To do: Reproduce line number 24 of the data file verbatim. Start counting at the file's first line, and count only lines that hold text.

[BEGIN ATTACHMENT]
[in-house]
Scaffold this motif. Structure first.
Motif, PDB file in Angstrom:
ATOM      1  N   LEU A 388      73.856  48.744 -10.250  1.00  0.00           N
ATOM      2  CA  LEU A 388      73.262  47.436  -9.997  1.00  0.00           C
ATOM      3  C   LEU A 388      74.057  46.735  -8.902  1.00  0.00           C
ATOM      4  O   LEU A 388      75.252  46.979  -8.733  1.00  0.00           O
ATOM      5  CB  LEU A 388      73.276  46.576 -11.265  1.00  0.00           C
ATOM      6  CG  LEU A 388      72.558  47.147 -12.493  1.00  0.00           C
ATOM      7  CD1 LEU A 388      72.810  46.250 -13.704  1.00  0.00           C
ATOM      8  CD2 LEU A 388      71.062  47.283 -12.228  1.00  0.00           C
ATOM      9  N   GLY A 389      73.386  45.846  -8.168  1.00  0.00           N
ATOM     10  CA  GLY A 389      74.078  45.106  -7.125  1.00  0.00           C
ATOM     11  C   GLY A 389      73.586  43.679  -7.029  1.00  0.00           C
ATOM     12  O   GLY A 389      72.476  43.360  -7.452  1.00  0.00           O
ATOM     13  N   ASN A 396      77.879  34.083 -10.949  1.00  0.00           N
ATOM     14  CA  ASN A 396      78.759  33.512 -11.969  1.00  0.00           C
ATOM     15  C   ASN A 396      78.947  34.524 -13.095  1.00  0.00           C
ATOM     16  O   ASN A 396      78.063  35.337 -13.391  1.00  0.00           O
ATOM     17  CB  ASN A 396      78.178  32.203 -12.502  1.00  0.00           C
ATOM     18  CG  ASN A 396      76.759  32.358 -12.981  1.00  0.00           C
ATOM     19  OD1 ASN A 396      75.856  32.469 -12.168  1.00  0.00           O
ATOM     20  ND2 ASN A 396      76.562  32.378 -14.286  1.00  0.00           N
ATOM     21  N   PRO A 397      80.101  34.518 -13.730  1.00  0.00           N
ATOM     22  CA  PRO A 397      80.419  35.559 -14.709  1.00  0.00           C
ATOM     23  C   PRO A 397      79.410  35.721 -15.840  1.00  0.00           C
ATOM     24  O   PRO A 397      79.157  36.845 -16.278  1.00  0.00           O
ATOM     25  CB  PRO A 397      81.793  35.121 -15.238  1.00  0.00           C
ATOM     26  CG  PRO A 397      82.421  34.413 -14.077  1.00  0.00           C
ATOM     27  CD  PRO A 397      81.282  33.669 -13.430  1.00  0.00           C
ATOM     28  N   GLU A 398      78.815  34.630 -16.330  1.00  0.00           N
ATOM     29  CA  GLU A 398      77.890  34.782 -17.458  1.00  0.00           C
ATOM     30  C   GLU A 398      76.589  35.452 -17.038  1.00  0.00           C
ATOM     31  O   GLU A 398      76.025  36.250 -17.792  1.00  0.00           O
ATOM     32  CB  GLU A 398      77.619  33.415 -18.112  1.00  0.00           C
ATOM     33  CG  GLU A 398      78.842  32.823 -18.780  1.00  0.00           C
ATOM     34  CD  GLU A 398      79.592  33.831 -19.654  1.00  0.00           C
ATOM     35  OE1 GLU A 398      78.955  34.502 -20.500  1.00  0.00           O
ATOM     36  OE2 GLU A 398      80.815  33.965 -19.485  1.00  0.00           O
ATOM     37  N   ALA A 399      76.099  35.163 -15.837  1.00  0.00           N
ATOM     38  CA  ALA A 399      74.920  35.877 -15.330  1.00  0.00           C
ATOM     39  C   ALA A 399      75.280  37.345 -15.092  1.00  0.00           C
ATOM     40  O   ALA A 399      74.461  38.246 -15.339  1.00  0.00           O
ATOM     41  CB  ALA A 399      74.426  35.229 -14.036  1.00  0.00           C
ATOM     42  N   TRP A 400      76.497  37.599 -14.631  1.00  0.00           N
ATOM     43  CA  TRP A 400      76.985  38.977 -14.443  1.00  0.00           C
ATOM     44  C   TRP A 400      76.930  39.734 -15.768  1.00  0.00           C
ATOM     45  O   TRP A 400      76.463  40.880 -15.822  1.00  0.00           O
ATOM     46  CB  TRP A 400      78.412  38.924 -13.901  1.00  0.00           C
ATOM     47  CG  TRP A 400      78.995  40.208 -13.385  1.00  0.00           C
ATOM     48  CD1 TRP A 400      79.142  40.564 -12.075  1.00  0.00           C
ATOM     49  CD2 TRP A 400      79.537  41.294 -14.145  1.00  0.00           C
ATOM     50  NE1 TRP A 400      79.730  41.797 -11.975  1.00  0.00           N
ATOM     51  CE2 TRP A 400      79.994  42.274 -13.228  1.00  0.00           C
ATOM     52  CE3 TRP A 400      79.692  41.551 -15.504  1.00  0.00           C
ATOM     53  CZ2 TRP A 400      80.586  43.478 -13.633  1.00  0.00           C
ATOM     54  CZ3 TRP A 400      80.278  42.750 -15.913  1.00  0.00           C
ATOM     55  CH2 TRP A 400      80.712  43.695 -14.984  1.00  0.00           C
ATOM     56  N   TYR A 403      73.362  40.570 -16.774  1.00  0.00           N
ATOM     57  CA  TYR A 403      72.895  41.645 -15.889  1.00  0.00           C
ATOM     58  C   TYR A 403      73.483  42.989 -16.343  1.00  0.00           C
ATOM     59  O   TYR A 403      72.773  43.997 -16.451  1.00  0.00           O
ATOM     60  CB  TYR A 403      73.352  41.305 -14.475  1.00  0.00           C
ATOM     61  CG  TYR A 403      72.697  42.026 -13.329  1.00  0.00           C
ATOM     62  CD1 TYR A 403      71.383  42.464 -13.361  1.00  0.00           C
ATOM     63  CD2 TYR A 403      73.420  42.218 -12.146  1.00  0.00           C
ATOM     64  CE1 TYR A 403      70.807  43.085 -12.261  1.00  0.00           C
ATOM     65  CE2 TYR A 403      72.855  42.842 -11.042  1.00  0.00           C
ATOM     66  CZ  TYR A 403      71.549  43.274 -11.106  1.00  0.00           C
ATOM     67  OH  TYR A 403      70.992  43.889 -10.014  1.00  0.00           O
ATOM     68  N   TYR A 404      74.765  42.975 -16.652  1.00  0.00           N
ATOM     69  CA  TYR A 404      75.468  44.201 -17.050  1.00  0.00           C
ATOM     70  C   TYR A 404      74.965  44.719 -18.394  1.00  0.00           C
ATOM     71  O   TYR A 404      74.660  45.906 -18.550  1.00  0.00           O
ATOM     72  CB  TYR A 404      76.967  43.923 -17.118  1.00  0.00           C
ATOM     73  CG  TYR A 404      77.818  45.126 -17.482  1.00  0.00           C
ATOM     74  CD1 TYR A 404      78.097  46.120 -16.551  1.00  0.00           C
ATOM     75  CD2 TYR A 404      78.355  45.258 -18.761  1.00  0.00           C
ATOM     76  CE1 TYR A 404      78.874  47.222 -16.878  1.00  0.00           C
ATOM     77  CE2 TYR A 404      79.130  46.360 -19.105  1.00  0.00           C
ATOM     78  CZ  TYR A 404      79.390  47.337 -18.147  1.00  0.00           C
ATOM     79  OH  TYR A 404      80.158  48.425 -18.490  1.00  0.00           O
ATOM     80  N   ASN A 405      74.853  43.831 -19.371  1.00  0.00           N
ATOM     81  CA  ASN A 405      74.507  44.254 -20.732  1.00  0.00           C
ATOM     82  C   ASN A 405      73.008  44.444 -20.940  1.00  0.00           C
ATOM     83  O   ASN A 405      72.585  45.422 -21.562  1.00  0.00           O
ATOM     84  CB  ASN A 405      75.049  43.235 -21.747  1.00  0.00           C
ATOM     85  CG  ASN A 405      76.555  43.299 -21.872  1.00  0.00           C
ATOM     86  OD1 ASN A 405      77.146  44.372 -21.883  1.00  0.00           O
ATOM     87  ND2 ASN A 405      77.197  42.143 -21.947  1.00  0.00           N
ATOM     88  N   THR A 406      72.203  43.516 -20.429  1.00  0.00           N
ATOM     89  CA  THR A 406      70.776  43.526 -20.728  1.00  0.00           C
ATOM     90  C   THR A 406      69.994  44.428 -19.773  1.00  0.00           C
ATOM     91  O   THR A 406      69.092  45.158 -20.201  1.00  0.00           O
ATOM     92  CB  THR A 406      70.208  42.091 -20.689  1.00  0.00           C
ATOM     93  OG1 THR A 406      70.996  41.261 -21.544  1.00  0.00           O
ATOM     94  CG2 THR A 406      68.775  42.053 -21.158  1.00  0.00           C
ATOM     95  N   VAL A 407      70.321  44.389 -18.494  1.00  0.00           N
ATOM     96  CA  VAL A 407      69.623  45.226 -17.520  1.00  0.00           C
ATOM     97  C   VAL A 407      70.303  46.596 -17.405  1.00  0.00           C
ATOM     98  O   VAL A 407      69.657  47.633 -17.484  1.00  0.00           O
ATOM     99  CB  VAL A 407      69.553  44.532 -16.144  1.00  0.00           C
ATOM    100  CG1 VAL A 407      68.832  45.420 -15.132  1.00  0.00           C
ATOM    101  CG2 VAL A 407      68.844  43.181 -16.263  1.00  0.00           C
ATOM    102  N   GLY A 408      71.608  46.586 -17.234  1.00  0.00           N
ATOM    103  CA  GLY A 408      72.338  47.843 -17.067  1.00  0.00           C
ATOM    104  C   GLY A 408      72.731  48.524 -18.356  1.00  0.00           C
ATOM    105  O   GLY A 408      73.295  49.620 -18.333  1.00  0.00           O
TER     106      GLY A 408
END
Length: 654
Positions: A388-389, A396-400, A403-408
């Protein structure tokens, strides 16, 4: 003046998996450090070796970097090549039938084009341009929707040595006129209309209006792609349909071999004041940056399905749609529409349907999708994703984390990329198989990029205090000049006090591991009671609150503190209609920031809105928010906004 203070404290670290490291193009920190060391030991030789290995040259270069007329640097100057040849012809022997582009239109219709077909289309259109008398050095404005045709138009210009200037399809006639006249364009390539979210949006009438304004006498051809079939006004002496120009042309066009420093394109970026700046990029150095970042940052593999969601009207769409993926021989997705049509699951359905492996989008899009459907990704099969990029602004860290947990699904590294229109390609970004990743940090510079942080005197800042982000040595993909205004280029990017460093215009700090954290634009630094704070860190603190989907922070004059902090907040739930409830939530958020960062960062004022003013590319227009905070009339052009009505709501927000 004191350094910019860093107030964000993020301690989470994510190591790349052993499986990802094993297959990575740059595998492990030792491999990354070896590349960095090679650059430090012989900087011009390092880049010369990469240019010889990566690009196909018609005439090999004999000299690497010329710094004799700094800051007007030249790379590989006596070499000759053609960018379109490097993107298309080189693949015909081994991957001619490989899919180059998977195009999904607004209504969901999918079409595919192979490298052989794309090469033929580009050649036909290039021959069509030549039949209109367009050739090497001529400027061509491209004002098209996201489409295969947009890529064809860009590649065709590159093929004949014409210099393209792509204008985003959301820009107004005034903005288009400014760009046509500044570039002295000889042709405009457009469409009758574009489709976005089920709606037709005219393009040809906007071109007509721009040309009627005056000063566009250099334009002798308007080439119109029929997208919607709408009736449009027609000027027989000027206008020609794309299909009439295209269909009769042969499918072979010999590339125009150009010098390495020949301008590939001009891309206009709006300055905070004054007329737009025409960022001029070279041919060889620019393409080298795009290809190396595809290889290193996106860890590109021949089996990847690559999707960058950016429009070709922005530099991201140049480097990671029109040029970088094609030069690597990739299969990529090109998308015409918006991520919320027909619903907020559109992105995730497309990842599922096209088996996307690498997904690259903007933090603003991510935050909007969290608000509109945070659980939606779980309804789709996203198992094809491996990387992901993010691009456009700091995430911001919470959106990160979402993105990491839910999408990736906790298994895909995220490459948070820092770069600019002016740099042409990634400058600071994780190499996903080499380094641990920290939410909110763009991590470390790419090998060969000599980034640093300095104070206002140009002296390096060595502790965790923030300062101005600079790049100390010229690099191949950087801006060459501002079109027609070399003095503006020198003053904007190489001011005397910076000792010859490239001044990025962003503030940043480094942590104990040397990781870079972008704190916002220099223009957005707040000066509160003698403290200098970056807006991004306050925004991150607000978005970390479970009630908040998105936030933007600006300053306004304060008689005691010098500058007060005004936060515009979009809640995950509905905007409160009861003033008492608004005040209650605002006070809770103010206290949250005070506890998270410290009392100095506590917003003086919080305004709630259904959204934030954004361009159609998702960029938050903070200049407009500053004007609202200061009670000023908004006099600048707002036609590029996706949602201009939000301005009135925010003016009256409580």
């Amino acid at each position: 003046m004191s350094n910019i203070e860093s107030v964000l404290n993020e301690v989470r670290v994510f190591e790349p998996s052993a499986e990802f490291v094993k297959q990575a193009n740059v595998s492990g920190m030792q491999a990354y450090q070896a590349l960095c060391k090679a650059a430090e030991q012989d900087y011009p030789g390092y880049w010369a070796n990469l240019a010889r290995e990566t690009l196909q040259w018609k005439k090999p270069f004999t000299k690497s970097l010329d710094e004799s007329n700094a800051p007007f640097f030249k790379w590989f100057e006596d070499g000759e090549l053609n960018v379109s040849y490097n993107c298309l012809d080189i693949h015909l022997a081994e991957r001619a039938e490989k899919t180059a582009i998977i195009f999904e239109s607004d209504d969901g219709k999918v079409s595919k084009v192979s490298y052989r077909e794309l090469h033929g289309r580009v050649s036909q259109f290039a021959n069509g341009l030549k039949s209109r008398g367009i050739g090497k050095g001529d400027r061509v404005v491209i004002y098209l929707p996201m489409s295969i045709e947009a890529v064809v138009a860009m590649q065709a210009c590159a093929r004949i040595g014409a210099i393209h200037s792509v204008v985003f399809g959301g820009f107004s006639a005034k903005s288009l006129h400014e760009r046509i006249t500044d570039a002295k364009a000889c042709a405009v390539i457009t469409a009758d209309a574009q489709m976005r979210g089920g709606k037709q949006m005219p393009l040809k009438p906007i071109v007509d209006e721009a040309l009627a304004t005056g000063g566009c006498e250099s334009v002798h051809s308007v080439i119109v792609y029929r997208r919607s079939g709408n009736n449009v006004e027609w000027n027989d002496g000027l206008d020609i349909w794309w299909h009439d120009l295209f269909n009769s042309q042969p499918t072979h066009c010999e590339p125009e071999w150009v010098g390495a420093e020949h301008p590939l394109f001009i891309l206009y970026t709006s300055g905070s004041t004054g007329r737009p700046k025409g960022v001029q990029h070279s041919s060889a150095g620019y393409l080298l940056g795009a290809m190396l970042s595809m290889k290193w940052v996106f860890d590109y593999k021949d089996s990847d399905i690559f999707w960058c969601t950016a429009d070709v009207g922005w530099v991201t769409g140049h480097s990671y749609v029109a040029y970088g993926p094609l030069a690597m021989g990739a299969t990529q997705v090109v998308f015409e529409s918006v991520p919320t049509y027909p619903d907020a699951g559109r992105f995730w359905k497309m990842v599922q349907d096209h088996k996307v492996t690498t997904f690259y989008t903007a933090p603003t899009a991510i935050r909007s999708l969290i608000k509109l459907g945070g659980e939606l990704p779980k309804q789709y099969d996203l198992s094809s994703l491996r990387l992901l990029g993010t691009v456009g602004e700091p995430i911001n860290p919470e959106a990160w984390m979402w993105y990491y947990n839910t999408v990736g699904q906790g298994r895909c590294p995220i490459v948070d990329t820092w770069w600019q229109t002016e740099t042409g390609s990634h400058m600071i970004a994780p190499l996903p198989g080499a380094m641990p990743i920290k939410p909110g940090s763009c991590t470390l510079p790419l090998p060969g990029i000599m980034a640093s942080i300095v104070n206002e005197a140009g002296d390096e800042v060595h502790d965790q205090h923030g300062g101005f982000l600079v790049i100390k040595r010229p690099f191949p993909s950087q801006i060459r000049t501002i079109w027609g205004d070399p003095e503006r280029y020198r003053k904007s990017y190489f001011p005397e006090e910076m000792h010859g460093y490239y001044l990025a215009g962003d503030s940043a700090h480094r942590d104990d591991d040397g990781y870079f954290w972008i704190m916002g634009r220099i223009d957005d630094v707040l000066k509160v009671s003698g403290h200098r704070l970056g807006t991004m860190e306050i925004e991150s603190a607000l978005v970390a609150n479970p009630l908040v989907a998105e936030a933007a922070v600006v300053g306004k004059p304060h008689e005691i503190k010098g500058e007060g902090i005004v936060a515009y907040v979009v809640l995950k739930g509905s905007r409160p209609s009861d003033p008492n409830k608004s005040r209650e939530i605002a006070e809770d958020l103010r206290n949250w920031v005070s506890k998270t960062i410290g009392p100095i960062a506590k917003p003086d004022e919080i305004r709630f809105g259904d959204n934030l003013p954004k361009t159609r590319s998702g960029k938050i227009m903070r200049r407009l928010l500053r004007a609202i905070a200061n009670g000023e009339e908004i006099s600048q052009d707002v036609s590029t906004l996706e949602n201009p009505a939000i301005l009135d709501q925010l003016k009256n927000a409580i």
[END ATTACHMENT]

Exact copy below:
ATOM     21  N   PRO A 397      80.101  34.518 -13.730  1.00  0.00           N